Tuesday, July 28, 2009

Lumbees want ancestral river's name to change

The Lumbee's Tribal Council recently passed an ordinance asking the General Assembly to change the name of the Lumber River "back" (in their opinion) to the Lumbee River. The Lumbees say that "Lumbee River" is the ancestral name.

"Under the ordinance, tribal leaders are now referring to the river by its ancestral name in all correspondence and tribal publications," said The Robesonian.

But even if the state approves the change, to become recognized as the Lumbee River at the federal level the tribe would have to make a requestto the U.S. Board of Geographic Names, the federal board with the responsibility of maintaining uniform geographic name usage throughout the federal government. To approve changing the river’s name, the board would have to be convinced that the name change requested by the tribe is more than just an act to correct or re-establish historical usage.

Significant documentation exists that before the early 1800s American Indians in the region called the river the Lumbee — an Indian term that refers to the river’s dark color.

According to Stan Knick, director of the Native American Resource Center at The University of North Carolina at Pembroke, both Angus McLean, a N.C. governor from Lumberton, and Hamilton McMillan, a member of the state General Assembly, referred to the Lumbee River in the 1880s. And according to Wikipedia, the poet John Charles McNeill, who lived from 1874 to 1907, used the Indian name Lumbee in his writings about the river.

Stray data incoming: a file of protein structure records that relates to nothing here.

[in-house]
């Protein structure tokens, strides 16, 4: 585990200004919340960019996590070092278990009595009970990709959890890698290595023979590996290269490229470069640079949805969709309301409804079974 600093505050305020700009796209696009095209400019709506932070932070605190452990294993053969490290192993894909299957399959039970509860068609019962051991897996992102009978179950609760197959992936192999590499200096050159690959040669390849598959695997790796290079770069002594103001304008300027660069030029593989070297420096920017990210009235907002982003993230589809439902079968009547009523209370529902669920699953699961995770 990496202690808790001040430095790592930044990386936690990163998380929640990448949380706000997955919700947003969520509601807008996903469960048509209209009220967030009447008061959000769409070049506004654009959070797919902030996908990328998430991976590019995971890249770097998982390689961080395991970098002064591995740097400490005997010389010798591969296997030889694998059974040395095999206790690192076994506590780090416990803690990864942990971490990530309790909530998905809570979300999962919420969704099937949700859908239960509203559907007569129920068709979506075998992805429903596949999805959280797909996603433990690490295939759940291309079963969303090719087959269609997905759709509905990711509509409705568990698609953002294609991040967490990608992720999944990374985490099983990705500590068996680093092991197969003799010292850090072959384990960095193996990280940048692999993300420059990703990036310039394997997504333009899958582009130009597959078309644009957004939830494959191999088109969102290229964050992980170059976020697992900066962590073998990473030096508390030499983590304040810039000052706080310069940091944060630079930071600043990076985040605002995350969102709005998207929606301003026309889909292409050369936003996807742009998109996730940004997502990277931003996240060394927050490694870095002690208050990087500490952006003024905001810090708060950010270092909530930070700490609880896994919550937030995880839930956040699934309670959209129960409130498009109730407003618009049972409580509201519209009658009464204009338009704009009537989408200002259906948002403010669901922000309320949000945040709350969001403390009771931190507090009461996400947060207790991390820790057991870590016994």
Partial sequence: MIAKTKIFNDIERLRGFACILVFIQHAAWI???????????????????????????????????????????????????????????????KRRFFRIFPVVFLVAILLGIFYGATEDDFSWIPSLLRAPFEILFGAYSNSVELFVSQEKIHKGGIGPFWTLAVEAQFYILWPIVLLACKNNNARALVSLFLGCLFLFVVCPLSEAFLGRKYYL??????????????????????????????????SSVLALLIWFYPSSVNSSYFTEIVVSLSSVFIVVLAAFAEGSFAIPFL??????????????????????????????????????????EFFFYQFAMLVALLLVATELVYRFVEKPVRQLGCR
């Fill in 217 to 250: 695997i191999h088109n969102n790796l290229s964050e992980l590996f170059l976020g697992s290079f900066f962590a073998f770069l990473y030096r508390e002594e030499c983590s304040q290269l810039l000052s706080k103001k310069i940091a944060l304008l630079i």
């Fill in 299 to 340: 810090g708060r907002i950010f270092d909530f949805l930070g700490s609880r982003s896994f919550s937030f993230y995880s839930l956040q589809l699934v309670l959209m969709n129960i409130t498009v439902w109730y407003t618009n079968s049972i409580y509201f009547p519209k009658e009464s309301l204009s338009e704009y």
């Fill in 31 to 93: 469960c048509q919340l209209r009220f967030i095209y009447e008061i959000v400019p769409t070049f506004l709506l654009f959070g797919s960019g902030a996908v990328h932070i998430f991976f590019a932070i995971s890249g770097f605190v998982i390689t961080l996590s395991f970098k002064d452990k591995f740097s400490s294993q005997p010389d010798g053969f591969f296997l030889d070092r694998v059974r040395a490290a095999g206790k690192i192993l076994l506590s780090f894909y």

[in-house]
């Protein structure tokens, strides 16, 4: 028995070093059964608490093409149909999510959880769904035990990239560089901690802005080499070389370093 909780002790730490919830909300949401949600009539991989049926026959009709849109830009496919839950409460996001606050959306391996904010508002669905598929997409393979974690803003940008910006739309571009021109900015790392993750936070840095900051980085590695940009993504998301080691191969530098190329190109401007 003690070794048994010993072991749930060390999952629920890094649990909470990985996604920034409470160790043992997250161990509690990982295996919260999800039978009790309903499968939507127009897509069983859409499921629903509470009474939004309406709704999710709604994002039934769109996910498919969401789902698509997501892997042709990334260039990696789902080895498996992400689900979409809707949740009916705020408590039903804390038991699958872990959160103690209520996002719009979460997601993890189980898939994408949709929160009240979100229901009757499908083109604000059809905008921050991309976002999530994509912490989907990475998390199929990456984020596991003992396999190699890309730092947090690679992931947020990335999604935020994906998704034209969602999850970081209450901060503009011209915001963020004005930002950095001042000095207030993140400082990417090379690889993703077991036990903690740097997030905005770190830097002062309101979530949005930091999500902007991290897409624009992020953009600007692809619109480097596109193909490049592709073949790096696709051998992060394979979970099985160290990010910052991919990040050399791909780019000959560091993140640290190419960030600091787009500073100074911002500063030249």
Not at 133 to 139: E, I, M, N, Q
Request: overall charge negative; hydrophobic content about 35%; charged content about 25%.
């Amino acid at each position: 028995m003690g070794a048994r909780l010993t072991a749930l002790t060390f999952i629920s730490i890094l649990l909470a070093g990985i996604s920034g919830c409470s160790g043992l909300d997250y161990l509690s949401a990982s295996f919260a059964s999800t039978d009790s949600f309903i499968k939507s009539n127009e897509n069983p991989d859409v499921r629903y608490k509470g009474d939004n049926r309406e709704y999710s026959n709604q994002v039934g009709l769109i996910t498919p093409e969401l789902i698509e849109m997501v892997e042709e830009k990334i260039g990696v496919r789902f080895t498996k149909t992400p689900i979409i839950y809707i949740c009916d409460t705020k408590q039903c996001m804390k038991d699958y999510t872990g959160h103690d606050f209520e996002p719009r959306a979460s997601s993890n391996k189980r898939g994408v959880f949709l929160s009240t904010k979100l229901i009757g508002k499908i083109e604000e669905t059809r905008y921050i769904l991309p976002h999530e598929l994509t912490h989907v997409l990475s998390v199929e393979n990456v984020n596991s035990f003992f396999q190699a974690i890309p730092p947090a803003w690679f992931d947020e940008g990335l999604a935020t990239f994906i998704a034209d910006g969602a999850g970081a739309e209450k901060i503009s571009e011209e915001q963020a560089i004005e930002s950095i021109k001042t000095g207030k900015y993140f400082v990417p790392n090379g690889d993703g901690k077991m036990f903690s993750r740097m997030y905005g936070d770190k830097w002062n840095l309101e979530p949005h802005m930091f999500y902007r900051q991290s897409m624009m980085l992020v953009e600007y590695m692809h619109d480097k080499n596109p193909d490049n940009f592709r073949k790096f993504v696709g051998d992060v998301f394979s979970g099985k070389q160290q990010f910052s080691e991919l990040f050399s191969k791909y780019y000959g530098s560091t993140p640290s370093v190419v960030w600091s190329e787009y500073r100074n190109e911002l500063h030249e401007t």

“I think it would be a great idea to change the name of the Lumber River back to its original name,” Knick said. “This river is very important to the Lumbee tribe, especially the stretch that flows through the part of the region still home to so many tribe members.”

Jimmy Goins, chairman of the Lumbee Tribal Council, also supports renaming the river.

"Personally, from a historical aspect, I think it would be something nice," Goins said. "It would be a good gesture toward the Lumbee tribe."

State Rep. Ronnie Sutton, who is Lumbee and represents Robeson County, said last week that he thinks it may be difficult getting state legislation approving the name change.

"My feeling is that this wouldn't be popular with everyone. I don't think all of the people in the county and state are going to rally around this," Sutton said. "I have not yet taken, or been asked to take, an official position and I have no personal opinion at this time. Before I take a position I will want more information ... I'm not opposed to it, but I'm not out waving the flag for it either."

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